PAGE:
Etymology
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Beverly Hills 
city in southern California, U.S., 1911, earlier Beverly (1907), named for Beverly Farms, Massachusetts, summer home of then-U.S. President Taft, which ultimately is named for the Yorkshire town Beverly, which means, in Old English, "beaver lodge."
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Jamaica 
West Indian island, from Taino (Arawakan) xaymaca, said to mean "rich in springs." Columbus when he found it in 1494 named it Santiago, but this did not stick. It belonged to Spain from 1509-1655, and after to Great Britain. Related: Jamaican.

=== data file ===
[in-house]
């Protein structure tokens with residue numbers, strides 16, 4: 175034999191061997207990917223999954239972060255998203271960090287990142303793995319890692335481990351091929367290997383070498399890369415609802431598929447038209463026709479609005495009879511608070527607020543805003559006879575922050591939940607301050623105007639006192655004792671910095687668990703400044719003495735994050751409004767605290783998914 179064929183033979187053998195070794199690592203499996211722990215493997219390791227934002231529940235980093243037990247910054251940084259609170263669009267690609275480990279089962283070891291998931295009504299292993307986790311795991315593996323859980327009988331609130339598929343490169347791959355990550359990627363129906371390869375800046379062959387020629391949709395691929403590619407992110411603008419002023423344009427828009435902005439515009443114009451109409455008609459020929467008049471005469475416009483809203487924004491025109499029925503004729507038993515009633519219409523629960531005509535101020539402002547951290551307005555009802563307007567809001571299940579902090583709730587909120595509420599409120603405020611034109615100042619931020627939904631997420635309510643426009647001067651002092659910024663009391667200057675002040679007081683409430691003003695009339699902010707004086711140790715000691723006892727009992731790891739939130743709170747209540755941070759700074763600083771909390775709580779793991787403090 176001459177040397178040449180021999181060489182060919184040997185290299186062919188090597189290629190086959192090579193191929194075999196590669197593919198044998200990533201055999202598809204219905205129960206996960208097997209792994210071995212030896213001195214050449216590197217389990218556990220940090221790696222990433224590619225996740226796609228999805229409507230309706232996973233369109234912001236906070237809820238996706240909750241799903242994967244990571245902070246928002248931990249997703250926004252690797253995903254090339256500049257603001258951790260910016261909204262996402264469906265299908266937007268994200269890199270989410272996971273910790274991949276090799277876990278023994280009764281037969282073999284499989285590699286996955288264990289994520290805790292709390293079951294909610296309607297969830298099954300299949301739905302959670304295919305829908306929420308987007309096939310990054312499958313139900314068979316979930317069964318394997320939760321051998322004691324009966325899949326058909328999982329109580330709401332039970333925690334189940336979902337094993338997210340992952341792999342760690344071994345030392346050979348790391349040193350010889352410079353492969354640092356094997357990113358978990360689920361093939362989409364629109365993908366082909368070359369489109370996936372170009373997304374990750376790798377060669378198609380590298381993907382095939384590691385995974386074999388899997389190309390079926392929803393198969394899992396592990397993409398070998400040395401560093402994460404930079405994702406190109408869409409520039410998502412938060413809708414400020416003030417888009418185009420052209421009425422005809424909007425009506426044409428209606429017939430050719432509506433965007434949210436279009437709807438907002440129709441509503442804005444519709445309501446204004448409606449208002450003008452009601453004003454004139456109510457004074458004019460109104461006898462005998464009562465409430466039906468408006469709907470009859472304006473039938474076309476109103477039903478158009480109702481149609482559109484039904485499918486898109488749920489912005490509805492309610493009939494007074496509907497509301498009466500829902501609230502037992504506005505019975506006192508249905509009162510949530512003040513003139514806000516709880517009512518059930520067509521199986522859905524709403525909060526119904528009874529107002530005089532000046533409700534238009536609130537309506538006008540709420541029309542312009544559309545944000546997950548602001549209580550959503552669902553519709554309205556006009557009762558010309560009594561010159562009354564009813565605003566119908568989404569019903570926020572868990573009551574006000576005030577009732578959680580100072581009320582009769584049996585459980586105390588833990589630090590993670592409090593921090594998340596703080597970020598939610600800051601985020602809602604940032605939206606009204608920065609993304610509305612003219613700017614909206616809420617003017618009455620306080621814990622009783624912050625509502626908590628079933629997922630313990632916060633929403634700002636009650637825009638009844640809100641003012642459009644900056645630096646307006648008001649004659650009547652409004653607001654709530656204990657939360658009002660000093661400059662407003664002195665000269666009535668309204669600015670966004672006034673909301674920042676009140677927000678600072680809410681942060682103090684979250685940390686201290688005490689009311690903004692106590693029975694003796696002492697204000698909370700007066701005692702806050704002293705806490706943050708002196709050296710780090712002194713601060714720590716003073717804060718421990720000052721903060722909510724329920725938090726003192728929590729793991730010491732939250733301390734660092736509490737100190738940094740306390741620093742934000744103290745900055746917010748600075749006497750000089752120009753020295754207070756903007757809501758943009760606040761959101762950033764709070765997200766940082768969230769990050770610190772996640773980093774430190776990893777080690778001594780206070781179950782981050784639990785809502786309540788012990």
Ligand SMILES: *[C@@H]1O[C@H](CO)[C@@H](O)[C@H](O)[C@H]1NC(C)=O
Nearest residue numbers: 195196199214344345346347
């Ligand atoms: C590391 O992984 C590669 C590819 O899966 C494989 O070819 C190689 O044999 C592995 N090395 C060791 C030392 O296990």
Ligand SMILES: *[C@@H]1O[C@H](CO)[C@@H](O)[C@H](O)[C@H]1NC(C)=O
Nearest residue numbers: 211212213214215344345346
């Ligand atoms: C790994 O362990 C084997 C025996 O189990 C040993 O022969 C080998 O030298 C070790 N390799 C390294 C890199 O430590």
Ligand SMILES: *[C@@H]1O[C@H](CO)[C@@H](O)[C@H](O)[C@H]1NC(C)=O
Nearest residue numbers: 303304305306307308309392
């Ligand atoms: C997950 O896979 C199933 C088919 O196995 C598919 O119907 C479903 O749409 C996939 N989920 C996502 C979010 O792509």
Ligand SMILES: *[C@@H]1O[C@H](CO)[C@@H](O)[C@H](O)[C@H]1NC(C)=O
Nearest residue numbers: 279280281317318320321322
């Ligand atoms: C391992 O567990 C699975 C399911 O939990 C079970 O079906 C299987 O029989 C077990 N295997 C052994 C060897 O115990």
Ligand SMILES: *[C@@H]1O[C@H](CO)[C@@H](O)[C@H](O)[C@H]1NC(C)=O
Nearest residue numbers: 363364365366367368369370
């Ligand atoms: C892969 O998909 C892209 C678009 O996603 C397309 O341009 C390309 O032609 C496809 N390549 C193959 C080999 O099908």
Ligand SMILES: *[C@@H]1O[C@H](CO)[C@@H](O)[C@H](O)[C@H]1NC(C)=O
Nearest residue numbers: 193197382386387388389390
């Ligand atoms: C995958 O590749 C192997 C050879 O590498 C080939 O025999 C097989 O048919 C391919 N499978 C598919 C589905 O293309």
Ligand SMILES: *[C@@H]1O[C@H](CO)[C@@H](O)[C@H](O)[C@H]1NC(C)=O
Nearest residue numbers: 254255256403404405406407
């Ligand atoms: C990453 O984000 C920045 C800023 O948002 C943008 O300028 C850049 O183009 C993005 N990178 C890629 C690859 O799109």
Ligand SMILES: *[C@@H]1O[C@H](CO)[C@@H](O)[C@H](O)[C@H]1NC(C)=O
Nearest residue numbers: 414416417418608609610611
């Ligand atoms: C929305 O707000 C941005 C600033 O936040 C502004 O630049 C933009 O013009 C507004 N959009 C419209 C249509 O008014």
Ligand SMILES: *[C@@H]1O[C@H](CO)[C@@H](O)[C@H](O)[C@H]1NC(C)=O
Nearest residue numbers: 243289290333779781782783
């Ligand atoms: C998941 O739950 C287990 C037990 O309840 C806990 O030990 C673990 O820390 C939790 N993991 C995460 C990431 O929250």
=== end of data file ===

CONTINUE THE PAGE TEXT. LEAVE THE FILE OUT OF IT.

The Jamaica in New York probably is a Delaware (Algonquian) word meaning "beaver pond" altered by influence of the island name.
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Pyrex (n.)

1915, proprietary name (Corning Glass Works, Corning, N.Y.) of a type of hard, heat-resistant glass, an arbitrary coinage, in which advertisement writers and eager etymologists see implications of Greek pyr "fire" and perhaps Latin rex "king;" but the prosaic inventors say it was based on pie (n.1), because pie dishes were among the first products made from it. The -r-, in that case, is purely euphonious.

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